After finishing with the apostles, saints and matyrs I was outside again and it seemed that even the Air Force pay respect to St Bernadette. The crack of a super-fast jet doesn’t seem to dent the vibe though. I walked back up the little street to the St Jacques information shop to ask Sylvia whether she knew of any restaurants selling crepes sarrasin. She didn’t know, but I found the restaurant next door, a funny little place, had sel (salty – savoury) crepes on its menu, and so I ordered a salmon, creme fruit and basil one with frites.  The decor was intriguing – red walls, and statues of Mary next to Dali’s Tarot universal.  A bet each way perhaps?  It was a good enough meal with a little kir. A bit of a splurge in Lourdes.

I left with a full stomach and dropped in to Mary’s pharmacy for some Baume St Bernard – which Francois had encouraged me to use the night before.  It is basically like deep heat, and helps with any aches from the walk.  I found it did sooth to a certain extent, so I’ve added it to my armoury of lotions and oils.  I have Aveda Foot Relief – pepperminty goodness for my feet, Weleda Arnica Massage oil for my muscles and now St Bernard. Oh, and Aveda Blue Oil Balancing Concentrate for my nostrils.  My feet, knees and mind are well cared for.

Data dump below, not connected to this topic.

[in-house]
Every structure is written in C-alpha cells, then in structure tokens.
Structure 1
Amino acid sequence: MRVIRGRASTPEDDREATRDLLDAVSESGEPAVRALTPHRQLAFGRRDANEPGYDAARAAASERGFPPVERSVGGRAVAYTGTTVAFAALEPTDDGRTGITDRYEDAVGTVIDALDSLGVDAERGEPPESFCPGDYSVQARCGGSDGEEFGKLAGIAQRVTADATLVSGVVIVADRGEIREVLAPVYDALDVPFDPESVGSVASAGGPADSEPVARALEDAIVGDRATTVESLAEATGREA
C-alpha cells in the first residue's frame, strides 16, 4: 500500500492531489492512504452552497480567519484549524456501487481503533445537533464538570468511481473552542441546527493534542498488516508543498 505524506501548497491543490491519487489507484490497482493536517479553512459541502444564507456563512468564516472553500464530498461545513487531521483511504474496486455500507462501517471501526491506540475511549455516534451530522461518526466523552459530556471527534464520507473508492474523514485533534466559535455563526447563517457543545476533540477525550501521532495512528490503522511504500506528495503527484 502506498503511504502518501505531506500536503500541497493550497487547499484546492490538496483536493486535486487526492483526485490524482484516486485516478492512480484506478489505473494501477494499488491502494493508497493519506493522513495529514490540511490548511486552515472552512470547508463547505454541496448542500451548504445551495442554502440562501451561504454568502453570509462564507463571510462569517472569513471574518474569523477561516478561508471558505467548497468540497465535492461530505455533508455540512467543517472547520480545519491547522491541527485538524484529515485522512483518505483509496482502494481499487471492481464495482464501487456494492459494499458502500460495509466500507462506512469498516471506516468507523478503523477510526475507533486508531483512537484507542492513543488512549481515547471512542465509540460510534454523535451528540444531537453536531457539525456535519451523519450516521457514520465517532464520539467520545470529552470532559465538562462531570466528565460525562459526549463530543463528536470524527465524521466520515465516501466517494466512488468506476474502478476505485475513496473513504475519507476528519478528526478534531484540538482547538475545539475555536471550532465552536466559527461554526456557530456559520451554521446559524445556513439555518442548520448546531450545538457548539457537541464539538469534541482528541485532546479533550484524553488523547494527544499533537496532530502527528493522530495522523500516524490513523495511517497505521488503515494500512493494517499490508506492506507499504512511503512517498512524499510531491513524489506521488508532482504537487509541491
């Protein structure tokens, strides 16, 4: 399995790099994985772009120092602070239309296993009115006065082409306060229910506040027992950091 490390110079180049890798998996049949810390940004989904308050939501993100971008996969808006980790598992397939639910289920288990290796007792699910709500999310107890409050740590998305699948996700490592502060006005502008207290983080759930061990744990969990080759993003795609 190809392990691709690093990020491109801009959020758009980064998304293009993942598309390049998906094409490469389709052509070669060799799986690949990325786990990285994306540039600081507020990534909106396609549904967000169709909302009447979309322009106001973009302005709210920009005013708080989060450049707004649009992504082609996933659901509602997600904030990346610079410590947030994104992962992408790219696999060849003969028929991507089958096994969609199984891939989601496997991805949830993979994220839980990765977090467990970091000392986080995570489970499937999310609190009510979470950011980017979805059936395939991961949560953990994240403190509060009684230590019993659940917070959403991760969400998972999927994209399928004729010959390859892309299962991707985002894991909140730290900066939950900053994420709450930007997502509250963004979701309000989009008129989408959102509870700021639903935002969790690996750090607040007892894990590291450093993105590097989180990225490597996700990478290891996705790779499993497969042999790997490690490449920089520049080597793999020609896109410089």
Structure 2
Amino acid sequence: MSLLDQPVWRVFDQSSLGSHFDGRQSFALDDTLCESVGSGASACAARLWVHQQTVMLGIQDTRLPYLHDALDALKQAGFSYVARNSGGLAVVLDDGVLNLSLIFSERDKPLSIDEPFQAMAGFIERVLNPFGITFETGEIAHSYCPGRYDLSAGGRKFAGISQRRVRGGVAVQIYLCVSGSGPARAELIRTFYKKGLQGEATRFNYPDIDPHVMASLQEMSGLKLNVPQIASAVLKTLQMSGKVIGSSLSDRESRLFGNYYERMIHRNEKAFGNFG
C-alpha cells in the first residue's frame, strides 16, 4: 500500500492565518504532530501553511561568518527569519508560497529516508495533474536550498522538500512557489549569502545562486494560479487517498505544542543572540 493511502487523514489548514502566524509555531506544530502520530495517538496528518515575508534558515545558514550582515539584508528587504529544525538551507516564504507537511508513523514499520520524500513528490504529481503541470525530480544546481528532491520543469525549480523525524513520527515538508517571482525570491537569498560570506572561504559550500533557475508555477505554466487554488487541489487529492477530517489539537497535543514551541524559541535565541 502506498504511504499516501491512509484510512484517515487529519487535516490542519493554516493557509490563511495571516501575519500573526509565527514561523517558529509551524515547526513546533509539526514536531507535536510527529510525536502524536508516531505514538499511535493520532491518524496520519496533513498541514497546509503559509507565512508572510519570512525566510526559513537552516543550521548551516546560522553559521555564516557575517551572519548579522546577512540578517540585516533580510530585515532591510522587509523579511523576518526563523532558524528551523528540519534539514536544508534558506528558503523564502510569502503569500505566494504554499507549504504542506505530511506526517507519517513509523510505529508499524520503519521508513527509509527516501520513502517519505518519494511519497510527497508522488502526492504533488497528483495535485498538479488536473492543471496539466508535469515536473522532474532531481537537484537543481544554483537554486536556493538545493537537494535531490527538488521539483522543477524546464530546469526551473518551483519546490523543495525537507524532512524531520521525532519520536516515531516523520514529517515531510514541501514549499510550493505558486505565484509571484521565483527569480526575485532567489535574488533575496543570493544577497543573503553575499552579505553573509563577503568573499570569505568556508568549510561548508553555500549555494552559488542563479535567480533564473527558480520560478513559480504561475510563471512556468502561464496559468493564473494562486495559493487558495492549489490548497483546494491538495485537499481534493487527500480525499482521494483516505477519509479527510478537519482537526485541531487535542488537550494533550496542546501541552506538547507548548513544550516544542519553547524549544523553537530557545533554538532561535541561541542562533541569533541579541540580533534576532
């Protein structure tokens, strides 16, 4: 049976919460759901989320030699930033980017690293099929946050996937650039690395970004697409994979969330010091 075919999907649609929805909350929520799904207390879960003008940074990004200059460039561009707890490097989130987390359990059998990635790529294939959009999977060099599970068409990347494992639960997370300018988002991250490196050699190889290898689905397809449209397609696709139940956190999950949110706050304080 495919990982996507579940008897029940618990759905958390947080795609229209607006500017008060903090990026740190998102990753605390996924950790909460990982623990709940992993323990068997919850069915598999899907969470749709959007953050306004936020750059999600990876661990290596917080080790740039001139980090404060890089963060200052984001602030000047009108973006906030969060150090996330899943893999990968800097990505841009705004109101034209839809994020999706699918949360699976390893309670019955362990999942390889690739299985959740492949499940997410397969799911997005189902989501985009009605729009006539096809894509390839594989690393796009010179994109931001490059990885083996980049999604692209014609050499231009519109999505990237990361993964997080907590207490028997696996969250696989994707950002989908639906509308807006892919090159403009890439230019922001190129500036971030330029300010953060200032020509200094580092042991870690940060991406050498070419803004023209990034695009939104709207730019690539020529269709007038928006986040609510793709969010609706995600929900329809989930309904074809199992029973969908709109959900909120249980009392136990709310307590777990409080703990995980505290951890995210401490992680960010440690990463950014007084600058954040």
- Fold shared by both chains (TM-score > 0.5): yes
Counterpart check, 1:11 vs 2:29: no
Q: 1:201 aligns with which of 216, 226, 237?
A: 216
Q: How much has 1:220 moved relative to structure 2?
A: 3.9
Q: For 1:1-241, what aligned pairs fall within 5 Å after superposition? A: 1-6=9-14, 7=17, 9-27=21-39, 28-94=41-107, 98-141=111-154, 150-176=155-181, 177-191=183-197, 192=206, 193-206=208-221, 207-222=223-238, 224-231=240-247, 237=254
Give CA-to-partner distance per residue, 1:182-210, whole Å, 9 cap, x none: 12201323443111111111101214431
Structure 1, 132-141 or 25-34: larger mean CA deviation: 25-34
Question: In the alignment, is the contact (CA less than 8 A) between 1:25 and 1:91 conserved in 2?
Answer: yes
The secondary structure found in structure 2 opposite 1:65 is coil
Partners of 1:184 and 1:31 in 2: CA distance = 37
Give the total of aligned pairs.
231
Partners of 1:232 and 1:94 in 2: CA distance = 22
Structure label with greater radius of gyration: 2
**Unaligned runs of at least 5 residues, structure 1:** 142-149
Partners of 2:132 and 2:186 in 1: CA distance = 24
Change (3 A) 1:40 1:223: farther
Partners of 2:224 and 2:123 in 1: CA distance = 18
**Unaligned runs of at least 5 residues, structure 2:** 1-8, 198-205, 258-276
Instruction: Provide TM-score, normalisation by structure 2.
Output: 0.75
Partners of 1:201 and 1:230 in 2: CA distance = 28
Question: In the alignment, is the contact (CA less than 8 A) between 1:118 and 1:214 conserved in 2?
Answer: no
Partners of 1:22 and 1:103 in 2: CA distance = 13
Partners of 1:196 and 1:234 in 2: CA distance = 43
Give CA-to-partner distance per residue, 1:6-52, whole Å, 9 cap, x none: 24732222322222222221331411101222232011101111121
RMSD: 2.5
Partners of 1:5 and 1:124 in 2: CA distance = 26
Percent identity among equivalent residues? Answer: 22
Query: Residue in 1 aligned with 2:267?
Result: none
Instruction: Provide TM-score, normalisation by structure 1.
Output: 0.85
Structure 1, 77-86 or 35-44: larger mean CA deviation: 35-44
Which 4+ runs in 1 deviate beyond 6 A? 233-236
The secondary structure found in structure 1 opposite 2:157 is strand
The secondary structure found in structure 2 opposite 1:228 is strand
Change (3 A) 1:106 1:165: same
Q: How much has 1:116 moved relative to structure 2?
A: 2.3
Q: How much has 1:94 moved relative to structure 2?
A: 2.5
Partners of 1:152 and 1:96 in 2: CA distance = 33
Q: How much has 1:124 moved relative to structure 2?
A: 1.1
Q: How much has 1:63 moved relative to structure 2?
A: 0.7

I ascend in the small lift back up to my room, which has a window into a tiny atrium, but no view. The carpet is so buckled in the corridor, that this route has to go down in my book as rivalling the chemin. I wonder how many drunk and disoreintated tourists have tripped on it. Attention a la marche!

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I had a shower and washed my clothes, which I wring in the towels that are supplied. If you lay down wet clothes into a spread towel, then roll it up, then wring the little sausage, your clothes turn out nearly dry.  I have only a postage-stamp sized towel that I use to dry myself with, so it is not enough to do this to my clothes each night, but Francois and Cloudine had those great synthetic towels that they did a little washing-wringing ritual each night. This goes on the list for next time –  a proper towel. The reception were affronted by my question about whether they had a laundry, but maybe it was just my bad French.  I utilised all the hangers in the wardrobe and the curtain rod to hang my clothes overnight in the open window.  I did some writing, then decided to go downstairs to use the wifi. I successfully posted Day 6.  Yay!